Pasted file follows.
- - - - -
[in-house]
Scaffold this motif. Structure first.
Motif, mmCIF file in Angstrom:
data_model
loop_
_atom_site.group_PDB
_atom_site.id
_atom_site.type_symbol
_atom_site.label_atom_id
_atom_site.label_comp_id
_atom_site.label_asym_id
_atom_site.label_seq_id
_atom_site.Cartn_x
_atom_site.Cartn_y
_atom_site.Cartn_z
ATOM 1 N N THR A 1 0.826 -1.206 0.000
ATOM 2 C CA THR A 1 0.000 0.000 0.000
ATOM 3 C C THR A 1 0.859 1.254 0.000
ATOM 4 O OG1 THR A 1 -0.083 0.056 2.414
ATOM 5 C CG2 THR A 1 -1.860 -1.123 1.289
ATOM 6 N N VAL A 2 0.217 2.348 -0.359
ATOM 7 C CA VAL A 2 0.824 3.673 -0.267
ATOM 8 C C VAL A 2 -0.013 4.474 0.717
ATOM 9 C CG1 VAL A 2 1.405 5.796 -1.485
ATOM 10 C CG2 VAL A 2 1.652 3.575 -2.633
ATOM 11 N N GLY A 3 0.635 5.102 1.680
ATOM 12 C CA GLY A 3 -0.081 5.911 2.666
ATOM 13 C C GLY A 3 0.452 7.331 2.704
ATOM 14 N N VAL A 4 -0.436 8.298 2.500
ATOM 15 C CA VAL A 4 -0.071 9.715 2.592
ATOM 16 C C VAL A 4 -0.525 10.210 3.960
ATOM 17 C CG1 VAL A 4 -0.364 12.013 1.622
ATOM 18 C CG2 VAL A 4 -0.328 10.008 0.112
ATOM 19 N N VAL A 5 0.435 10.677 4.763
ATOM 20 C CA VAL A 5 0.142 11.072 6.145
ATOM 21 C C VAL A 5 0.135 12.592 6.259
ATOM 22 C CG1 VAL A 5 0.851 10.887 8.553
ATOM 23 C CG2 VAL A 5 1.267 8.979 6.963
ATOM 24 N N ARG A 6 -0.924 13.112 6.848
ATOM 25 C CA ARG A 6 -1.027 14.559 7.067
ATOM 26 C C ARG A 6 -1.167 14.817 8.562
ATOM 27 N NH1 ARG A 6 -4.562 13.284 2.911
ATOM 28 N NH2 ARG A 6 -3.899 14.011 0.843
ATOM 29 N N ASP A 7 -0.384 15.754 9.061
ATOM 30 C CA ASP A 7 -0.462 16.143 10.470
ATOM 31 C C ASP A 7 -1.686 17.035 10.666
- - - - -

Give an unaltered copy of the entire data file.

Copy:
[in-house]
Scaffold this motif. Structure first.
Motif, mmCIF file in Angstrom:
data_model
loop_
_atom_site.group_PDB
_atom_site.id
_atom_site.type_symbol
_atom_site.label_atom_id
_atom_site.label_comp_id
_atom_site.label_asym_id
_atom_site.label_seq_id
_atom_site.Cartn_x
_atom_site.Cartn_y
_atom_site.Cartn_z
ATOM 1 N N THR A 1 0.826 -1.206 0.000
ATOM 2 C CA THR A 1 0.000 0.000 0.000
ATOM 3 C C THR A 1 0.859 1.254 0.000
ATOM 4 O OG1 THR A 1 -0.083 0.056 2.414
ATOM 5 C CG2 THR A 1 -1.860 -1.123 1.289
ATOM 6 N N VAL A 2 0.217 2.348 -0.359
ATOM 7 C CA VAL A 2 0.824 3.673 -0.267
ATOM 8 C C VAL A 2 -0.013 4.474 0.717
ATOM 9 C CG1 VAL A 2 1.405 5.796 -1.485
ATOM 10 C CG2 VAL A 2 1.652 3.575 -2.633
ATOM 11 N N GLY A 3 0.635 5.102 1.680
ATOM 12 C CA GLY A 3 -0.081 5.911 2.666
ATOM 13 C C GLY A 3 0.452 7.331 2.704
ATOM 14 N N VAL A 4 -0.436 8.298 2.500
ATOM 15 C CA VAL A 4 -0.071 9.715 2.592
ATOM 16 C C VAL A 4 -0.525 10.210 3.960
ATOM 17 C CG1 VAL A 4 -0.364 12.013 1.622
ATOM 18 C CG2 VAL A 4 -0.328 10.008 0.112
ATOM 19 N N VAL A 5 0.435 10.677 4.763
ATOM 20 C CA VAL A 5 0.142 11.072 6.145
ATOM 21 C C VAL A 5 0.135 12.592 6.259
ATOM 22 C CG1 VAL A 5 0.851 10.887 8.553
ATOM 23 C CG2 VAL A 5 1.267 8.979 6.963
ATOM 24 N N ARG A 6 -0.924 13.112 6.848
ATOM 25 C CA ARG A 6 -1.027 14.559 7.067
ATOM 26 C C ARG A 6 -1.167 14.817 8.562
ATOM 27 N NH1 ARG A 6 -4.562 13.284 2.911
ATOM 28 N NH2 ARG A 6 -3.899 14.011 0.843
ATOM 29 N N ASP A 7 -0.384 15.754 9.061
ATOM 30 C CA ASP A 7 -0.462 16.143 10.470
ATOM 31 C C ASP A 7 -1.686 17.035 10.666